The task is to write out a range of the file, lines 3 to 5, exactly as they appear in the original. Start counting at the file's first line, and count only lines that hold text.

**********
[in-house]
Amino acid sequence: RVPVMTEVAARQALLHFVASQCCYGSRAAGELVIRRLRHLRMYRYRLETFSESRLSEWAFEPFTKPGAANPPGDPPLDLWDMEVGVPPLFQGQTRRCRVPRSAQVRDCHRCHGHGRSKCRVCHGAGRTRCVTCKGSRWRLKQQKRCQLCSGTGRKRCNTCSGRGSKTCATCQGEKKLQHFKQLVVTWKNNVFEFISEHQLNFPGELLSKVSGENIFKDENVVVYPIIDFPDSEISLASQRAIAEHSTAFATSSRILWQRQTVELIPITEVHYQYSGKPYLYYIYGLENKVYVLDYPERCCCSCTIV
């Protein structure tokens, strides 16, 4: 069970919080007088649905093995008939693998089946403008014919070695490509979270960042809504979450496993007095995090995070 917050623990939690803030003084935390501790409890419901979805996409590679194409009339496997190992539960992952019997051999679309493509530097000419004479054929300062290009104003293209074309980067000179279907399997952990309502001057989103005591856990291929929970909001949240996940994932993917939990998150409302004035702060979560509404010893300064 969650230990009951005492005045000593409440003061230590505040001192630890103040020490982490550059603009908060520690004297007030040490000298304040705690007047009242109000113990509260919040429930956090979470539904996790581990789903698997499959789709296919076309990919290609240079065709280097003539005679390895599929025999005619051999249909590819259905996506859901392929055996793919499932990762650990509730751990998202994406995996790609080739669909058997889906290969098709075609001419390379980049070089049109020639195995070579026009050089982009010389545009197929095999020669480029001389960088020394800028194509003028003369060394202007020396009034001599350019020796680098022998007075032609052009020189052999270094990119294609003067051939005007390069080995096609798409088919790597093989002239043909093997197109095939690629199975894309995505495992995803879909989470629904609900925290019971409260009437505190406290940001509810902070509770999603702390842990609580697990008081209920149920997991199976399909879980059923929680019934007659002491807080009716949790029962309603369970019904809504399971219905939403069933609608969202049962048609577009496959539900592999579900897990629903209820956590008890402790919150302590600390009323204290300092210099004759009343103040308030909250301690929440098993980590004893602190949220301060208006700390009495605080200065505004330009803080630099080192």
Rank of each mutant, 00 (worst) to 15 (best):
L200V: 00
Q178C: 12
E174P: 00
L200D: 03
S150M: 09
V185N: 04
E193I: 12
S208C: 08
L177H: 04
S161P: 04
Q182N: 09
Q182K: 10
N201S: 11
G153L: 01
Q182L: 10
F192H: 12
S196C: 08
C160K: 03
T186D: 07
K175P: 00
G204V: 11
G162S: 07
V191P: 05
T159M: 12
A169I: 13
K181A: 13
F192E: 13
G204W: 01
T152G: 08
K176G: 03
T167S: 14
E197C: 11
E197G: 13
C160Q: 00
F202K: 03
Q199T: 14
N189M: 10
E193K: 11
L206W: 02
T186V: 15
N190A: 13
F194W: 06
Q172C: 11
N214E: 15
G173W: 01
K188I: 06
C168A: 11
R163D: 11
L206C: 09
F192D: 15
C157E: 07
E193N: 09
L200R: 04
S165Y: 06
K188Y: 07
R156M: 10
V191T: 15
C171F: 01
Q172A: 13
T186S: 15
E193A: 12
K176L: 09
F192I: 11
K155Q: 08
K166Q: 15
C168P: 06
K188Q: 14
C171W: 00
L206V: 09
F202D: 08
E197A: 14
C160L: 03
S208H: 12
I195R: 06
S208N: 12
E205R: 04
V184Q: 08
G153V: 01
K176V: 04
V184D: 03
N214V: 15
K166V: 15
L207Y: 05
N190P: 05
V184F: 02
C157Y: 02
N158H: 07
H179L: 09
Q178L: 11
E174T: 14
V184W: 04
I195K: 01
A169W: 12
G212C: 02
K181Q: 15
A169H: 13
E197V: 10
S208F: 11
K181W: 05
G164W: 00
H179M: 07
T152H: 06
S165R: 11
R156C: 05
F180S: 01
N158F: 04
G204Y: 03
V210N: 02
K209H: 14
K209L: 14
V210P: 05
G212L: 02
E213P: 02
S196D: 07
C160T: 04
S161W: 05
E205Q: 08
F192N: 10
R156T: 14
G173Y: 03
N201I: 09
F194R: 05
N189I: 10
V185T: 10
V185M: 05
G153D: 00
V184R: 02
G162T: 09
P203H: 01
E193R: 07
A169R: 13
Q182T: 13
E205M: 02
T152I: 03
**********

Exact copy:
């Protein structure tokens, strides 16, 4: 069970919080007088649905093995008939693998089946403008014919070695490509979270960042809504979450496993007095995090995070 917050623990939690803030003084935390501790409890419901979805996409590679194409009339496997190992539960992952019997051999679309493509530097000419004479054929300062290009104003293209074309980067000179279907399997952990309502001057989103005591856990291929929970909001949240996940994932993917939990998150409302004035702060979560509404010893300064 969650230990009951005492005045000593409440003061230590505040001192630890103040020490982490550059603009908060520690004297007030040490000298304040705690007047009242109000113990509260919040429930956090979470539904996790581990789903698997499959789709296919076309990919290609240079065709280097003539005679390895599929025999005619051999249909590819259905996506859901392929055996793919499932990762650990509730751990998202994406995996790609080739669909058997889906290969098709075609001419390379980049070089049109020639195995070579026009050089982009010389545009197929095999020669480029001389960088020394800028194509003028003369060394202007020396009034001599350019020796680098022998007075032609052009020189052999270094990119294609003067051939005007390069080995096609798409088919790597093989002239043909093997197109095939690629199975894309995505495992995803879909989470629904609900925290019971409260009437505190406290940001509810902070509770999603702390842990609580697990008081209920149920997991199976399909879980059923929680019934007659002491807080009716949790029962309603369970019904809504399971219905939403069933609608969202049962048609577009496959539900592999579900897990629903209820956590008890402790919150302590600390009323204290300092210099004759009343103040308030909250301690929440098993980590004893602190949220301060208006700390009495605080200065505004330009803080630099080192």
Rank of each mutant, 00 (worst) to 15 (best):
L200V: 00